The “Degree” of accuracy required is different in Competition and Combat shooting. In Competition Shooting, Accuracy is expected 100% of the time, no matter the situation. You are expected to punch a round through a paper target, preferably in the black, every time. In Combat Shooting, accuracy has looser tolerances and is both subjective and situational.

Let me give you an example: Some meth head has a taken a kid hostage, the perp standing still at 12 yards with a knife to the child’s throat, threatening to kill him. The only available and relatively safe shot the perp is giving you is the right side of his face, maybe 3 inches total from his nose to the edge of his cheekbone. Here, the SITUATION and in part, the DISTANCE, has determined that you MUST BE ACCURATE so that you kill the perp and protect the kid.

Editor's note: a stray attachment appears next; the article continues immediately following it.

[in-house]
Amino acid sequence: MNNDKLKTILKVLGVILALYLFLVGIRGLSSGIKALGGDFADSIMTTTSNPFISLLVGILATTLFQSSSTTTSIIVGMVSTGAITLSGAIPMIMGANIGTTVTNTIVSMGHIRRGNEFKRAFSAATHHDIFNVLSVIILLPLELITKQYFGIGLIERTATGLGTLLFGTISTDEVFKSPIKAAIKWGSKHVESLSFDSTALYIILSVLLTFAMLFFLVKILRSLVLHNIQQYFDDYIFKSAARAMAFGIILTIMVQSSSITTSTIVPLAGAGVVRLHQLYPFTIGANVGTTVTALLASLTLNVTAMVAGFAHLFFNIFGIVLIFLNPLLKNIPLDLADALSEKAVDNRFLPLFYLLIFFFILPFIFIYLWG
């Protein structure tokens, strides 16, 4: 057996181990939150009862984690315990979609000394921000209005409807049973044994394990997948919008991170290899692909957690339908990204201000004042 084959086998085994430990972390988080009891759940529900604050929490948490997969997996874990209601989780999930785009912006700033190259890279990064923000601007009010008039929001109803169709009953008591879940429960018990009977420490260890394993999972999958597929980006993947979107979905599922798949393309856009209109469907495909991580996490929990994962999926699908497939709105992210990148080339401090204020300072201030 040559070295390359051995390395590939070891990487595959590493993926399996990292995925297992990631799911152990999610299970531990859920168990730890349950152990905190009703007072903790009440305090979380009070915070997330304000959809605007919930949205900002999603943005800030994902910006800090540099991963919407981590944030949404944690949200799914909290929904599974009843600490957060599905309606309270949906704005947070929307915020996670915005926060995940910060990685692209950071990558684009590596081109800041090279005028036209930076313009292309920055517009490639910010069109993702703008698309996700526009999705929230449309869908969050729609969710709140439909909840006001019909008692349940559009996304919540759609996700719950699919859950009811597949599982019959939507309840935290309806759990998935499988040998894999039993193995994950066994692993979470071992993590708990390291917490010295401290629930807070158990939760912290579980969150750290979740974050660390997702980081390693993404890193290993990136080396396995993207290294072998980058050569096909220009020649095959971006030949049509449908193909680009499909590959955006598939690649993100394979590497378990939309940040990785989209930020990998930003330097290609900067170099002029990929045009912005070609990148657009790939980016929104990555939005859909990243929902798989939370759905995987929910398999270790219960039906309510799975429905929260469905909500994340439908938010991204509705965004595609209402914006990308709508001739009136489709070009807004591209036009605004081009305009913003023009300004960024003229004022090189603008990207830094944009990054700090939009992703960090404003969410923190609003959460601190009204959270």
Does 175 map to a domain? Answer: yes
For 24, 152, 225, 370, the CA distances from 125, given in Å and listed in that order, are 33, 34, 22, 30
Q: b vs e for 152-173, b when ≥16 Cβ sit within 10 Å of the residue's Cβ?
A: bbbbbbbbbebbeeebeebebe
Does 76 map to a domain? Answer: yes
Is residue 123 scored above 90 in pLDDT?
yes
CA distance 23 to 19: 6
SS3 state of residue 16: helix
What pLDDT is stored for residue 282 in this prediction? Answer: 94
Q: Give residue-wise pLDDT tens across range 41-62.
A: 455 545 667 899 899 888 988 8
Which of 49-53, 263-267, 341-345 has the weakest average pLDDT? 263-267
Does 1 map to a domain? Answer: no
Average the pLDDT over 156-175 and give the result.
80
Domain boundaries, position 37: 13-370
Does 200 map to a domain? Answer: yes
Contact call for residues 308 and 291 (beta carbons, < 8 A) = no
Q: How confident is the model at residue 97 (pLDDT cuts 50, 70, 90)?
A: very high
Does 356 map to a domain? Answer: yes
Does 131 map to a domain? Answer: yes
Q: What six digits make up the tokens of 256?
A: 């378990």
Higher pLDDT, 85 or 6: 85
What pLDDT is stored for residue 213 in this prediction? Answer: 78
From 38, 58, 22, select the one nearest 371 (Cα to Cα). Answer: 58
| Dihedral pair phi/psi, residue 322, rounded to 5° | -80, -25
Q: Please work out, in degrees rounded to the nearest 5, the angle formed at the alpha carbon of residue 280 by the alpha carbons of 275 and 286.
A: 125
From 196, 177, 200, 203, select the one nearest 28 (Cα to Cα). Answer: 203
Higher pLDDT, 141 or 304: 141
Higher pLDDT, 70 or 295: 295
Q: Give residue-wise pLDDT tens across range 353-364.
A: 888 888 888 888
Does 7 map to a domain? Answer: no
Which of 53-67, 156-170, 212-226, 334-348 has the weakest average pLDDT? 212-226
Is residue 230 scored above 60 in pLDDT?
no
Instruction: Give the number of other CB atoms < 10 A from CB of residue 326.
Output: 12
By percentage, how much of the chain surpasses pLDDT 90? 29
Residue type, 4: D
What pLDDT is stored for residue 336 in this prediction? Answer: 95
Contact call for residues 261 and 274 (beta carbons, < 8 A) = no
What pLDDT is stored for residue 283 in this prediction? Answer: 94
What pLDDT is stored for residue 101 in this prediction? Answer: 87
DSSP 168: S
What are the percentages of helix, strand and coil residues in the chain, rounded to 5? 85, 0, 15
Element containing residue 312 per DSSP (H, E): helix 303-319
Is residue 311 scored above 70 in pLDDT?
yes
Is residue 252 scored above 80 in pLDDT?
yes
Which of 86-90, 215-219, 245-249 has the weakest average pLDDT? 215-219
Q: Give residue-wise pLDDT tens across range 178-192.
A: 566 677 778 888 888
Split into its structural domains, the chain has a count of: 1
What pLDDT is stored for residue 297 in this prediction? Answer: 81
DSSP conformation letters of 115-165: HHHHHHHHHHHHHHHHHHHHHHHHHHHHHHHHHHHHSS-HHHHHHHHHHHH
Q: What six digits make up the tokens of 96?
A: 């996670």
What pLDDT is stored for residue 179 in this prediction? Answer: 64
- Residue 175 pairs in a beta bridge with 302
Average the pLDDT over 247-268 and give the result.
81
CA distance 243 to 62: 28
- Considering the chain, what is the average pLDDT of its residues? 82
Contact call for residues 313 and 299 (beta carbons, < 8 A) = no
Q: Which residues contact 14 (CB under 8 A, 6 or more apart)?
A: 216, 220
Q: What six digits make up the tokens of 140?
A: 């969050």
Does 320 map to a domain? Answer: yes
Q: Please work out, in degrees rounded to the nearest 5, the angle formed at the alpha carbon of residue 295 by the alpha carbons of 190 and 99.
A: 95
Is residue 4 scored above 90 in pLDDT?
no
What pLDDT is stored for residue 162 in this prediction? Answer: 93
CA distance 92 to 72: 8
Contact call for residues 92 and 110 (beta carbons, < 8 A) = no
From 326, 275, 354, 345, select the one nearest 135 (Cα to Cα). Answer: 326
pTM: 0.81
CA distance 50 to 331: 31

To contrast, if the same perp was just 12 feet away from you, armed with a handgun, but with no hostage, Now your level of accuracy is lowered, because you have a much bigger target in front of you (his center of mass) at a much closer range. Make sense? (FYI: In the first example, I realize the example is a bit far fetched for any CO. The reality, regardless of the weapon involved, is quite simple: for long distance shots that require a great degree of accuracy, ALWAYS get closer if you can! This is why they train hostage rescue teams to always try and close distance with the perp and get a shot angle on them that reduces the chance of an errant round hitting a hostage or bystander.)